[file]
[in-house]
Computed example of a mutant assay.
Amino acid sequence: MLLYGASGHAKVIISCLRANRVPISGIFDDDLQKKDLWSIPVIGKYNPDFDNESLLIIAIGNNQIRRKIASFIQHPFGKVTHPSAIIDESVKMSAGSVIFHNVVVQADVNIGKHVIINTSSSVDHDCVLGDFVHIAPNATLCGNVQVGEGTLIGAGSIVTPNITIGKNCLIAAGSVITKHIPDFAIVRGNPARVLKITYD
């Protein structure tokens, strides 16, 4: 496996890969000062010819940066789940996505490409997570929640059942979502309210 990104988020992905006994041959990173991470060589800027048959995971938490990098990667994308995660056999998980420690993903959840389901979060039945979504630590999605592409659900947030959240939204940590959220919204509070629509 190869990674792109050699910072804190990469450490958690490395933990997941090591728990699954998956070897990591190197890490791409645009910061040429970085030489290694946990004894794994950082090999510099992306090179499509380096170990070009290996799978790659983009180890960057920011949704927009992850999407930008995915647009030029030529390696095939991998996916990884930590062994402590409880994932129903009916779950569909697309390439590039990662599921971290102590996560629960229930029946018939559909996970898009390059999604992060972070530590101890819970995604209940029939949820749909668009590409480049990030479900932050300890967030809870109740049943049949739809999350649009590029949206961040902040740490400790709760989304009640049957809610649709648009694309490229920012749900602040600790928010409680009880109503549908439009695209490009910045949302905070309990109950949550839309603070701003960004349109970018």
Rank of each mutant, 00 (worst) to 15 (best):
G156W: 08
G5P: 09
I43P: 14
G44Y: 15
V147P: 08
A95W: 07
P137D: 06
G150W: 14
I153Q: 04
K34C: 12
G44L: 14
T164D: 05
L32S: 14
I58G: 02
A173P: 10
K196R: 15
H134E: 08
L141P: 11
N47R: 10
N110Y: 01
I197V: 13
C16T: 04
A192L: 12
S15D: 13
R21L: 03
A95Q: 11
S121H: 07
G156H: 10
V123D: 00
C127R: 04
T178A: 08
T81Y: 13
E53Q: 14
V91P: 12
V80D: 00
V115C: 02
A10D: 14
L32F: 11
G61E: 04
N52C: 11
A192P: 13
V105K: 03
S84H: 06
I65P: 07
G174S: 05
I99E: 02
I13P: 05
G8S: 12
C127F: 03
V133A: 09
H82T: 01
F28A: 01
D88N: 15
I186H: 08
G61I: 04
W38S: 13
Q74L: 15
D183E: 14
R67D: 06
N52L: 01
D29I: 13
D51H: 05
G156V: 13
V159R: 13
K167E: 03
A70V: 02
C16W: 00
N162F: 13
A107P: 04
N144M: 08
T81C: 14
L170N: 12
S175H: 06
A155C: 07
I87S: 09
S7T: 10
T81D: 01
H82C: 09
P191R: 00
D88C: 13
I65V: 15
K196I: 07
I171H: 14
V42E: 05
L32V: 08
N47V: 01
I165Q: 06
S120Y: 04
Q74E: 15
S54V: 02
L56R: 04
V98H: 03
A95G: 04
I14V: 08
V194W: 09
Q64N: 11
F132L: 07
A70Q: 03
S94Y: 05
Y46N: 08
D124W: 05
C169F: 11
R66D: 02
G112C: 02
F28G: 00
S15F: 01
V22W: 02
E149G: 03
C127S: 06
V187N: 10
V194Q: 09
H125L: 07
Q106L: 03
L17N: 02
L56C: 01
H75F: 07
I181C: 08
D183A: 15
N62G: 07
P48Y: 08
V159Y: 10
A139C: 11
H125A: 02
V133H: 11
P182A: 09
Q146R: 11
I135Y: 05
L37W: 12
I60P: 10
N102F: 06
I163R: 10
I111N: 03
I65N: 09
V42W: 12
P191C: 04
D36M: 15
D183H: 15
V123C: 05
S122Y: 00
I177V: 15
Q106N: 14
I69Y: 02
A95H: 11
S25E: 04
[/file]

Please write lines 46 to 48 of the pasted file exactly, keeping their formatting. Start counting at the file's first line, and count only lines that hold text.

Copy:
A192P: 13
V105K: 03
S84H: 06